It’s 2022, and those with federal student loans can start the new year with a sigh of relief: The U.S. Department of Education instituted a few changes that could help borrowers financially throughout the year.
First, the Education Department’s pause on loan repayments, interest and collections remains in effect until May 1, as does the garnishments of wages for those who have defaulted.
In December, the department extended the pause (originally set to end Feb. 1) due to the wildly contagious omicron variant of the coronavirus. The decision was made in order to give borrowers additional time to “plan for the resumption of payments and reduce the risk of delinquency and defaults after restart.”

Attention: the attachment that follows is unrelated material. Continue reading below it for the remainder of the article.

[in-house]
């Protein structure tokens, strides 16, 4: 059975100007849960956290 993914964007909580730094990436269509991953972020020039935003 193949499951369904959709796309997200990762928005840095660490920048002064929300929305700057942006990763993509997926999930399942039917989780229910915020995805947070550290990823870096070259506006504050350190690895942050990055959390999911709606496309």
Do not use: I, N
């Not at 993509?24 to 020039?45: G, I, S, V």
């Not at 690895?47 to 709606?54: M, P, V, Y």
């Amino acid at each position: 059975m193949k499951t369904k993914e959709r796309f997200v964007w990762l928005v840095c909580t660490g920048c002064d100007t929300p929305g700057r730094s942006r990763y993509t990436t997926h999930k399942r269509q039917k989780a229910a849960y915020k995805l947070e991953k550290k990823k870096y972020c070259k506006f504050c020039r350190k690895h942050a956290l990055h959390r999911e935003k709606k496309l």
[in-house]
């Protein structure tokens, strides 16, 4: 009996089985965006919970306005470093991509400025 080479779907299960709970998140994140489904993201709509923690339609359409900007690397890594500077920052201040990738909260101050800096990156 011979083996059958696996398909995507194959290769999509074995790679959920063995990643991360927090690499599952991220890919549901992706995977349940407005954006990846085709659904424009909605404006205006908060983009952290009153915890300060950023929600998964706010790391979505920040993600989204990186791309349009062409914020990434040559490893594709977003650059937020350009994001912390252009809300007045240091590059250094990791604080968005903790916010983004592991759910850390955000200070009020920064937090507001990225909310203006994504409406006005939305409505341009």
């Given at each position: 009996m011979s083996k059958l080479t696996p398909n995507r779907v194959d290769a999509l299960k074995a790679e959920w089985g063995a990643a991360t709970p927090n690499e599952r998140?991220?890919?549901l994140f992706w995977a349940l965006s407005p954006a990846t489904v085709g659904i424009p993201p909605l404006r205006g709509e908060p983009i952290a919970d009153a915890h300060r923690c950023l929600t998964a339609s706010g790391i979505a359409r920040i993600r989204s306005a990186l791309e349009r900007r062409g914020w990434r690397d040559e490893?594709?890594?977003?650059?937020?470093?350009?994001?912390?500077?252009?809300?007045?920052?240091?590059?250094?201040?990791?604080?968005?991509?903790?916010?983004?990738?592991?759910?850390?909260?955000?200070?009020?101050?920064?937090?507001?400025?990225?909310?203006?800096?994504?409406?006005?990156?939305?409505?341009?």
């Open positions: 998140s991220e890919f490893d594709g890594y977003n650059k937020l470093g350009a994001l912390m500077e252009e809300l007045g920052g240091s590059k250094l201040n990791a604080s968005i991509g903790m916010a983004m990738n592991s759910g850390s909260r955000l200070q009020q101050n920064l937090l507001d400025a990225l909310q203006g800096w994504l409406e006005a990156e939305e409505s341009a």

The pause—in effect since March 27, 2020—has been a saving grace for some borrowers, allowing them to redirect potentially hundreds of dollars in monthly payments to necessities, like housing, food or savings during the pandemic.
In addition to an extension of the payment pause, some borrowers qualifying for public service loan forgiveness (PSLF) have until Oct. 31, 2022 to take advantage of changes to the PSLF program, which the Education Department announced in October of last year.
These temporary changes include offering a waiver to retroactively count FFEL, or Federal Family Education Loans, toward the 120 payments needed for PSLF; counting any prior payment made as qualifying toward the 120 needed as long as the borrower has a direct loan; and automatically certifying employment for federal employees and military members.